Growing Spring Starflowers In Containers: How To Plant Ipheion Bulbs In Pots

Single Spring Starflower
(Image credit: Miyuki Satake)

Spring bulbs are a saving grace after a long winter. Ipheion spring starflowers are small flowering bulbs from South America. They spice up the garden with onion scented leaves and white star-shaped blooms. That said, growing spring starflowers in containers is just as easy and creates just as much impact. The key is having the appropriate container, good soil, and knowledge on how to plant Ipheion bulbs in pots.

Ipheion Spring Starflower Information

Spring starflower bulbs need to be installed in fall so they can experience dormancy and chilling periods that force the embryonic plant to emerge when temperatures warm. As the bulbs mature, they will produce bulblets and new growth in successive years. As a South American native, Ipheion thrives in warm temperatures and full sun. While the bulbs are hardy to United States Department of Agriculture zone 5, many people enjoy growing starflowers in containers, especially those in colder climates. Spring starflower bulbs can achieve 6 to 8 inches (15 to 20.5 cm.) in height and are topped with 1-inch (2.5 cm.) wide white flowers with 6 petals. Ipheion is a relative of the onion, which explains the scent of its leaves when crushed. Bloom time is February to April but, occasionally, a late bloomer will appear.

How to Plant Ipheion Bulbs in Pots

Good drainage is the most crucial need for Ipheion bulbs in containers, as well as the ground. You’ll need a container large enough to accommodate the number of bulbs planted and one that provides adequate drainage. Choose a mixture of peat and loam for the planting medium. Install bulbs 2 to 3 inches (5 to 7.5 cm.) deep with the pointed side upward. Incorporate bone meal or a good bulb food at planting for best growth.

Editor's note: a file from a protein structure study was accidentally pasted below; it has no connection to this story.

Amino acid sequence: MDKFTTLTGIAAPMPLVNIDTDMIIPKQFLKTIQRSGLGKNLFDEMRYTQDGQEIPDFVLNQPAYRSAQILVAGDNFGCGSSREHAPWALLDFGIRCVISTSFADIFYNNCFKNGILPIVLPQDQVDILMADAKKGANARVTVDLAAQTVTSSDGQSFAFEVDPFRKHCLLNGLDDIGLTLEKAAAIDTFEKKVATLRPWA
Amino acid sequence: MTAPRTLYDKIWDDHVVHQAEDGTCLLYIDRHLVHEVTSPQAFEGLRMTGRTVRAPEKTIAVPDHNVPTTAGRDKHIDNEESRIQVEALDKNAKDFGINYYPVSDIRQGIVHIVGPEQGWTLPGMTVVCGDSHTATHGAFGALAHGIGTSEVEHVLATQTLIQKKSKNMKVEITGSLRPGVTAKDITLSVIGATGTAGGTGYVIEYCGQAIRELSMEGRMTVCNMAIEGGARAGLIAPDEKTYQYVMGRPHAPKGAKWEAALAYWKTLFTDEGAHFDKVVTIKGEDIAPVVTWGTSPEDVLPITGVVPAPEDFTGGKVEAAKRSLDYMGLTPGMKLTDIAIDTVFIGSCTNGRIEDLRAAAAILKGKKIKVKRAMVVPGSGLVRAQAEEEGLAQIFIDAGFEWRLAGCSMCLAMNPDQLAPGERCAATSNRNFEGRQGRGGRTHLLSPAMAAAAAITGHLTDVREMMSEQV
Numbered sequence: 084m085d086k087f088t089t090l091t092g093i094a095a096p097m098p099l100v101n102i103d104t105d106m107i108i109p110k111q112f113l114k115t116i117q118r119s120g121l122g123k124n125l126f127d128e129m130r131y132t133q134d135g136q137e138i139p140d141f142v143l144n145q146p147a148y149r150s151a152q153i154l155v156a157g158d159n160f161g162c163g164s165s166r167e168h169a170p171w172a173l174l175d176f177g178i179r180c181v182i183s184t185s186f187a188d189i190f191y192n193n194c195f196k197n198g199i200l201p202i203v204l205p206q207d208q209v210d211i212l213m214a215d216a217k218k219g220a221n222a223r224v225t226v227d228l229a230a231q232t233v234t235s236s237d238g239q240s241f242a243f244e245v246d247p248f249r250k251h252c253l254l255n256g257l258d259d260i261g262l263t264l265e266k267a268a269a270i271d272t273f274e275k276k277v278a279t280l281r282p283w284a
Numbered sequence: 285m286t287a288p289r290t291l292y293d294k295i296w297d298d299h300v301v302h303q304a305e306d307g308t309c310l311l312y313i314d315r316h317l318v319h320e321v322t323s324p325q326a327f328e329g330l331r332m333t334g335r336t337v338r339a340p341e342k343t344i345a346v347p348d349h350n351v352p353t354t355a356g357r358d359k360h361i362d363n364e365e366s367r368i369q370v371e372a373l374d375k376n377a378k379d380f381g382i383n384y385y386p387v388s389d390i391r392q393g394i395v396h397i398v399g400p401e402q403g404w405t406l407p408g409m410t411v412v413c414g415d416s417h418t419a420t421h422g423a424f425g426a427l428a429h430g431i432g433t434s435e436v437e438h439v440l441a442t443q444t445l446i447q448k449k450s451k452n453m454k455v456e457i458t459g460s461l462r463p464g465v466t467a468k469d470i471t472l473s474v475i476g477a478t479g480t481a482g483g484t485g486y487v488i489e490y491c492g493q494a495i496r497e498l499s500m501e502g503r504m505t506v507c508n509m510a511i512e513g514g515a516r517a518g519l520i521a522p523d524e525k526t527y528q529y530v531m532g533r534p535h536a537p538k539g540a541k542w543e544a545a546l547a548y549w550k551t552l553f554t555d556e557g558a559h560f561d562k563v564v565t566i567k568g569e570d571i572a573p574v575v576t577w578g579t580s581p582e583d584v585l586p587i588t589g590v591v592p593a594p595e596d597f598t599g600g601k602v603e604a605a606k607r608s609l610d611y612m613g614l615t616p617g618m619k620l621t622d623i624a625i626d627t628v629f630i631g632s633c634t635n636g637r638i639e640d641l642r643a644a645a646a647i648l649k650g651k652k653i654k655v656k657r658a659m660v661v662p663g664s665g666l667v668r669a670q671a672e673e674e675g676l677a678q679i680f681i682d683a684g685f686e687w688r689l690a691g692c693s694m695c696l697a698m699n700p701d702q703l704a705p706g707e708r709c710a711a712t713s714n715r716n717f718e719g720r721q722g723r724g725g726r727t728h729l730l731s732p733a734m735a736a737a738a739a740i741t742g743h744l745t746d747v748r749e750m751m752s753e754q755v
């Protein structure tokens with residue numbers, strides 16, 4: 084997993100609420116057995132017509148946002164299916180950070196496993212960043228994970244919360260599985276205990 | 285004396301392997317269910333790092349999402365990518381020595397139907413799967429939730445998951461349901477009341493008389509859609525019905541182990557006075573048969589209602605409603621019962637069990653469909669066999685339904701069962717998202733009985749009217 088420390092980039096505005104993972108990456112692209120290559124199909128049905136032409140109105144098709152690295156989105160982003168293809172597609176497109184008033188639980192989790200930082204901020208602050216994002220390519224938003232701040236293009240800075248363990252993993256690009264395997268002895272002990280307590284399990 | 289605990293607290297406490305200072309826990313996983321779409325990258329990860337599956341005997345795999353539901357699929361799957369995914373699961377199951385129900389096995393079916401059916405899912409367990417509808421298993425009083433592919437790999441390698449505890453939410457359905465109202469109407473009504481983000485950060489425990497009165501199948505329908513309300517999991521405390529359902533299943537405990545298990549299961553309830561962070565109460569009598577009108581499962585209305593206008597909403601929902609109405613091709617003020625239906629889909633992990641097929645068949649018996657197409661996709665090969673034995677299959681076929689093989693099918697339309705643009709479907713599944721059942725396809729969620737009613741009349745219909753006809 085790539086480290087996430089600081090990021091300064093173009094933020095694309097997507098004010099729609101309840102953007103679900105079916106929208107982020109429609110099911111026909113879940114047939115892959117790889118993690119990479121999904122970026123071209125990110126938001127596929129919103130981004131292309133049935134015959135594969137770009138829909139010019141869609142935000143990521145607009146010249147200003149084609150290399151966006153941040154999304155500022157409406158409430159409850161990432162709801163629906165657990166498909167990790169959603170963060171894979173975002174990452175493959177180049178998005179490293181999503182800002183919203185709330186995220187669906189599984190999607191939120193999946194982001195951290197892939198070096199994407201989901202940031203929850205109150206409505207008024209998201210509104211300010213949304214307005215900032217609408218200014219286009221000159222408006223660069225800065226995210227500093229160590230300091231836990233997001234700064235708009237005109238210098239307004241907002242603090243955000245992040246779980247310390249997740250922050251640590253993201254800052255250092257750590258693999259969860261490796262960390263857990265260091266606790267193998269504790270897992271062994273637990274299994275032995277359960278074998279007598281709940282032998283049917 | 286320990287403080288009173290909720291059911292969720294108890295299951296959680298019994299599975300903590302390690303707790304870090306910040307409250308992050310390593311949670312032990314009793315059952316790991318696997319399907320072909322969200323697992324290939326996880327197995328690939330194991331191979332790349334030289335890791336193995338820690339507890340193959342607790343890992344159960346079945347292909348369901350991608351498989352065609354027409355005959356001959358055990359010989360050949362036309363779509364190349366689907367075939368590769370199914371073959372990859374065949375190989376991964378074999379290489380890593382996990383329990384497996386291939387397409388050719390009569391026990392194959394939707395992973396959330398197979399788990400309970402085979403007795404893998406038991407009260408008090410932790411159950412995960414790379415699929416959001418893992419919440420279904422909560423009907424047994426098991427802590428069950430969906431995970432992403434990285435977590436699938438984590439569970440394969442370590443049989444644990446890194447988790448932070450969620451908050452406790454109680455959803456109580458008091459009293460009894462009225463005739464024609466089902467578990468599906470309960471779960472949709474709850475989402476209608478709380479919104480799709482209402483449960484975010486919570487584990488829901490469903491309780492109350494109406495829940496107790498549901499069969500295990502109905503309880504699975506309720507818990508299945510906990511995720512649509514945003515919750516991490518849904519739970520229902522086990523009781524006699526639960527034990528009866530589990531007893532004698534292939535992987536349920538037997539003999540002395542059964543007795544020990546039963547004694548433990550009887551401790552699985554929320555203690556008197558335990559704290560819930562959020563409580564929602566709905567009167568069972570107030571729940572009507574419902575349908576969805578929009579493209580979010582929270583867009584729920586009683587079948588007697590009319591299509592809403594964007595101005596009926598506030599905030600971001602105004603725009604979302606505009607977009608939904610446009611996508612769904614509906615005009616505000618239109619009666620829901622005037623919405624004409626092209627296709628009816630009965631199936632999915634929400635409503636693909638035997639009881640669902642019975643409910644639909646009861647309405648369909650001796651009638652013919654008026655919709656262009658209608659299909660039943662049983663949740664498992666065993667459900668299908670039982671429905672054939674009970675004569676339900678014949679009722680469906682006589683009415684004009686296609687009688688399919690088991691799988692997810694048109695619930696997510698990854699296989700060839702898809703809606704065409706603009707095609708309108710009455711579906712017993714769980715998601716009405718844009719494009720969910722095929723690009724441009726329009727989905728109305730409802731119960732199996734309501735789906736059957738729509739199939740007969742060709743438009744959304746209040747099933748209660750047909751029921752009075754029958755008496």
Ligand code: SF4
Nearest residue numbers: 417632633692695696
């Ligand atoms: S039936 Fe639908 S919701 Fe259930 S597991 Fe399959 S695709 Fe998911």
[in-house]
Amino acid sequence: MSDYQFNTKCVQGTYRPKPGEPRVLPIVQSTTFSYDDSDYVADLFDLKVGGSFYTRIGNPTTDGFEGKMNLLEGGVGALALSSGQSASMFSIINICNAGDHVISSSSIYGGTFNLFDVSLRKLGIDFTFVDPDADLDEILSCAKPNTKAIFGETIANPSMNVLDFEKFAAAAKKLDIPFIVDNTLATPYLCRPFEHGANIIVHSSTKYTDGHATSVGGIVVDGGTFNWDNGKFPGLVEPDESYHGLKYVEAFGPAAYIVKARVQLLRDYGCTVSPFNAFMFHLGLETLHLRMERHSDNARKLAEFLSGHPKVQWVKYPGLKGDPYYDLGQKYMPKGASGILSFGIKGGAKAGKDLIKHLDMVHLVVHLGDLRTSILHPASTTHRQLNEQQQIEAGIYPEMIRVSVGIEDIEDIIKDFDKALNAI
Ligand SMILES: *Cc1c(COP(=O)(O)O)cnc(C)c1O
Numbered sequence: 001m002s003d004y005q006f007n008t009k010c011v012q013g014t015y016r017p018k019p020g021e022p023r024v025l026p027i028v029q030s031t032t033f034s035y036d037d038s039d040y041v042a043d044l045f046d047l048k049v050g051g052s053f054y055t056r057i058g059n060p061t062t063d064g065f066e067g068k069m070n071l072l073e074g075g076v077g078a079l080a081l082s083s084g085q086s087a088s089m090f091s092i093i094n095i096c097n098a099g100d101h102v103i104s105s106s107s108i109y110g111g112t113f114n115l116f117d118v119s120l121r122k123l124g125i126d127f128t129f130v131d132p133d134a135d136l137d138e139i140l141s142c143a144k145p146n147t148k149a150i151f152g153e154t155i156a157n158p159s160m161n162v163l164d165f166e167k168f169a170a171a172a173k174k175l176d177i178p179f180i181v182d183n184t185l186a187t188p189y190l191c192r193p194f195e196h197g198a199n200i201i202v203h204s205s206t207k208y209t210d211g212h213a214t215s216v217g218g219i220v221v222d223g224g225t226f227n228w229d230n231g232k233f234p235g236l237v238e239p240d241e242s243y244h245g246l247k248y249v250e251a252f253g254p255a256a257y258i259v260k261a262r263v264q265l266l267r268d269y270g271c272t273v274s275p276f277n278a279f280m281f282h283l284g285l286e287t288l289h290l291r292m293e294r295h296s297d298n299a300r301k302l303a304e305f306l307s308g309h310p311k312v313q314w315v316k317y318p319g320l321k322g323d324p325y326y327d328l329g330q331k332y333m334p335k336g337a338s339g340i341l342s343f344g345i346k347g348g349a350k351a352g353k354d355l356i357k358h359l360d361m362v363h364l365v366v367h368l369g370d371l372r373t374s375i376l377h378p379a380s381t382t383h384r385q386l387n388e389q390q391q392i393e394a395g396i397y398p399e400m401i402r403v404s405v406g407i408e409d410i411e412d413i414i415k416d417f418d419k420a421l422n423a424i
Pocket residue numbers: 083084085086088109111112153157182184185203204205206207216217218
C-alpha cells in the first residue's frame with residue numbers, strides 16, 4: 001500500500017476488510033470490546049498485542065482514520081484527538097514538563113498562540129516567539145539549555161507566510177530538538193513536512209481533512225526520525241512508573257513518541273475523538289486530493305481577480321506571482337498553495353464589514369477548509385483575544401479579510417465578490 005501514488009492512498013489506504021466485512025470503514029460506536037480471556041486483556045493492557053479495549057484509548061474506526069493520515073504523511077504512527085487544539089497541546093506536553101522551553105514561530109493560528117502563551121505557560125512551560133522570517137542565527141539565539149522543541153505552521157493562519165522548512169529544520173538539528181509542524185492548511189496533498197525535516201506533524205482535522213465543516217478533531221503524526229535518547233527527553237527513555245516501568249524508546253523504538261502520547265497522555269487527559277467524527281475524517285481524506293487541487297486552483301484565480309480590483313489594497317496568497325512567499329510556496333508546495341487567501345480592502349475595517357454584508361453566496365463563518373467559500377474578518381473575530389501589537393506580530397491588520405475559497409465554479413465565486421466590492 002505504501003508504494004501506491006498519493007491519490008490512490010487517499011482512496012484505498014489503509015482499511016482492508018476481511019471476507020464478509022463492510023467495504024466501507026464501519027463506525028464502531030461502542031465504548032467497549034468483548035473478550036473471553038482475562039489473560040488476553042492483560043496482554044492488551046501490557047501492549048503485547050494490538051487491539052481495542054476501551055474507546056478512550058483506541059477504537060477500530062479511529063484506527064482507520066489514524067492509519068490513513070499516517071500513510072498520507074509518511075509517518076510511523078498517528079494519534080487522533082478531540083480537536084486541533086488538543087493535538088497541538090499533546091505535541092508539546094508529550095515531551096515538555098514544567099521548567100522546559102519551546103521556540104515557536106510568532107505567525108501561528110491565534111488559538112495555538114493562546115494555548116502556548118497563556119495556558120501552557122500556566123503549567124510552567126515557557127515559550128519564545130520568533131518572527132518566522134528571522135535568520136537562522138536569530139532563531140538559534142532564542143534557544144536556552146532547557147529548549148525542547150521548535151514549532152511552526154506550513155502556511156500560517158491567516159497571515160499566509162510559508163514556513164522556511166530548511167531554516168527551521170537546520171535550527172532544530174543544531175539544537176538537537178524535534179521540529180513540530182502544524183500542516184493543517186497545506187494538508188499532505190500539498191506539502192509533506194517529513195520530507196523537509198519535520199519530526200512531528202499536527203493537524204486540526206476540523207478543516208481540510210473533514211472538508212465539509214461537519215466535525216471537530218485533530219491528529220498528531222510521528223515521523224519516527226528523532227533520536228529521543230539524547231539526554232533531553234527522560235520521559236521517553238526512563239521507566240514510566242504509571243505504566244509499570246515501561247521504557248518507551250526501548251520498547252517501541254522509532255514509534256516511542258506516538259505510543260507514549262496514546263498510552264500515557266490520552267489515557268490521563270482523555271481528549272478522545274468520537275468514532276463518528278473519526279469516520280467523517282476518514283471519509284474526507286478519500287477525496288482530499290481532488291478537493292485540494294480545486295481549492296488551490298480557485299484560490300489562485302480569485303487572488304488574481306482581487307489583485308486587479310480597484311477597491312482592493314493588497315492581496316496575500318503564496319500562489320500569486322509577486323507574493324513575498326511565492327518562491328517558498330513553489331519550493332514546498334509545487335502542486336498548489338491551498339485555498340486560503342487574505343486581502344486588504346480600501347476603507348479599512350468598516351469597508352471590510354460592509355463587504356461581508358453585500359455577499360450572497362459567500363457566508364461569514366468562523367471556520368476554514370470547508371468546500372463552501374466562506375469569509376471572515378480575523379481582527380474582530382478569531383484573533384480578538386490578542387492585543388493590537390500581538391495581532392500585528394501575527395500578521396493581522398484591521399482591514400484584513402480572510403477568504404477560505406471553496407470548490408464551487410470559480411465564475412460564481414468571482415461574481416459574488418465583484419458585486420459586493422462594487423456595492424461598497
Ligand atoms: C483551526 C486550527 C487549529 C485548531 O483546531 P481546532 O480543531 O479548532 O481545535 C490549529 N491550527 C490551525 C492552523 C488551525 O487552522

Care of Spring Starflowers in Containers

When you plant Ipheion in containers, keep pots moderately moist until you see the first sprouts and thereafter water when the top inch (2.5 cm.) of soil is dry. Allow the foliage to persist even after the flowers have stopped appearing so the plant can gather solar energy to store for the next season's growth. If you live in a cool zone, it is recommended that you bring in the containers to overwinter. Let the foliage die back and place pots in a cool, dark, dry area. Alternatively, you can remove the bulbs in fall, allow them to dry for a few days and place them in a mesh bag with peat moss. Store the bag where it is cool and dry and plant the bulbs as soon as soil is workable in spring.

Bonnie L. Grant

Bonnie Grant is a professional landscaper with a Certification in Urban Gardening. She has been gardening and writing for 15 years. A former professional chef, she has a passion for edible landscaping.